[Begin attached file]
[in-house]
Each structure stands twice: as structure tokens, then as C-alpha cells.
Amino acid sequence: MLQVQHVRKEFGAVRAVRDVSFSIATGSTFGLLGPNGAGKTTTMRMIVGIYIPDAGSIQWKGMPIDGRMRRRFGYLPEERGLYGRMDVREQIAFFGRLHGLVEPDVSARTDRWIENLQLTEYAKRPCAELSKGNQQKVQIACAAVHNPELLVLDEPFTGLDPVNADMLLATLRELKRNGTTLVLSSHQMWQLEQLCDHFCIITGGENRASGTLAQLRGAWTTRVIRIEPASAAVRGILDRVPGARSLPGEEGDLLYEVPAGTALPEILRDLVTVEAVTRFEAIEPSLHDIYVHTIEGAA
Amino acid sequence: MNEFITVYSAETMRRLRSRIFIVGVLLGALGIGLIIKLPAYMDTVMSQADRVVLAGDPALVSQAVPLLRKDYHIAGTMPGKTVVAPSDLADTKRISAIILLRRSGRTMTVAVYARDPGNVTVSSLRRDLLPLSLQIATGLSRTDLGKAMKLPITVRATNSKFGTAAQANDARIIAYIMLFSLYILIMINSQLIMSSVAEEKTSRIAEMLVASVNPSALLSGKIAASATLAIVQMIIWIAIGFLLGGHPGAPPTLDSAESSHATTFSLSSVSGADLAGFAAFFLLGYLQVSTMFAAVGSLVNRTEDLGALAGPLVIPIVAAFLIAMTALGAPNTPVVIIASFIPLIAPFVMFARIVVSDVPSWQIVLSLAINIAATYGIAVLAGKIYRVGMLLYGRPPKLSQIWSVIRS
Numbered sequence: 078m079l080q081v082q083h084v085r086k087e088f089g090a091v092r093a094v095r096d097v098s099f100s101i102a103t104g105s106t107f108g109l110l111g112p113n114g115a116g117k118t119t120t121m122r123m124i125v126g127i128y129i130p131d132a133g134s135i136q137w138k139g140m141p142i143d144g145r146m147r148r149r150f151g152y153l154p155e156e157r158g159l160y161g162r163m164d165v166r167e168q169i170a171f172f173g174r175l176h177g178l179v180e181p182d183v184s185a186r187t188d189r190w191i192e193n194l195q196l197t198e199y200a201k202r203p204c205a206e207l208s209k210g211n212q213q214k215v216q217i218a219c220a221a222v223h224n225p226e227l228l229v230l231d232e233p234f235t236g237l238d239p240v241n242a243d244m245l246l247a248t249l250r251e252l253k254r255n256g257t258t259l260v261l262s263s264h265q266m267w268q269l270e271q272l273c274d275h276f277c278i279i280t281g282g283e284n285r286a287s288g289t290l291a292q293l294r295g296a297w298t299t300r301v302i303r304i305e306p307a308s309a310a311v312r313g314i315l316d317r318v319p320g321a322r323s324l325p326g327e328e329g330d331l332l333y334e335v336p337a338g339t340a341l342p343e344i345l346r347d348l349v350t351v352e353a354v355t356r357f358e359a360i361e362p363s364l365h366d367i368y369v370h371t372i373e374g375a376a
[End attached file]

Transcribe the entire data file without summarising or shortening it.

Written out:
[in-house]
Each structure stands twice: as structure tokens, then as C-alpha cells.
Amino acid sequence: MLQVQHVRKEFGAVRAVRDVSFSIATGSTFGLLGPNGAGKTTTMRMIVGIYIPDAGSIQWKGMPIDGRMRRRFGYLPEERGLYGRMDVREQIAFFGRLHGLVEPDVSARTDRWIENLQLTEYAKRPCAELSKGNQQKVQIACAAVHNPELLVLDEPFTGLDPVNADMLLATLRELKRNGTTLVLSSHQMWQLEQLCDHFCIITGGENRASGTLAQLRGAWTTRVIRIEPASAAVRGILDRVPGARSLPGEEGDLLYEVPAGTALPEILRDLVTVEAVTRFEAIEPSLHDIYVHTIEGAA
Amino acid sequence: MNEFITVYSAETMRRLRSRIFIVGVLLGALGIGLIIKLPAYMDTVMSQADRVVLAGDPALVSQAVPLLRKDYHIAGTMPGKTVVAPSDLADTKRISAIILLRRSGRTMTVAVYARDPGNVTVSSLRRDLLPLSLQIATGLSRTDLGKAMKLPITVRATNSKFGTAAQANDARIIAYIMLFSLYILIMINSQLIMSSVAEEKTSRIAEMLVASVNPSALLSGKIAASATLAIVQMIIWIAIGFLLGGHPGAPPTLDSAESSHATTFSLSSVSGADLAGFAAFFLLGYLQVSTMFAAVGSLVNRTEDLGALAGPLVIPIVAAFLIAMTALGAPNTPVVIIASFIPLIAPFVMFARIVVSDVPSWQIVLSLAINIAATYGIAVLAGKIYRVGMLLYGRPPKLSQIWSVIRS
Numbered sequence: 078m079l080q081v082q083h084v085r086k087e088f089g090a091v092r093a094v095r096d097v098s099f100s101i102a103t104g105s106t107f108g109l110l111g112p113n114g115a116g117k118t119t120t121m122r123m124i125v126g127i128y129i130p131d132a133g134s135i136q137w138k139g140m141p142i143d144g145r146m147r148r149r150f151g152y153l154p155e156e157r158g159l160y161g162r163m164d165v166r167e168q169i170a171f172f173g174r175l176h177g178l179v180e181p182d183v184s185a186r187t188d189r190w191i192e193n194l195q196l197t198e199y200a201k202r203p204c205a206e207l208s209k210g211n212q213q214k215v216q217i218a219c220a221a222v223h224n225p226e227l228l229v230l231d232e233p234f235t236g237l238d239p240v241n242a243d244m245l246l247a248t249l250r251e252l253k254r255n256g257t258t259l260v261l262s263s264h265q266m267w268q269l270e271q272l273c274d275h276f277c278i279i280t281g282g283e284n285r286a287s288g289t290l291a292q293l294r295g296a297w298t299t300r301v302i303r304i305e306p307a308s309a310a311v312r313g314i315l316d317r318v319p320g321a322r323s324l325p326g327e328e329g330d331l332l333y334e335v336p337a338g339t340a341l342p343e344i345l346r347d348l349v350t351v352e353a354v355t356r357f358e359a360i361e362p363s364l365h366d367i368y369v370h371t372i373e374g375a376a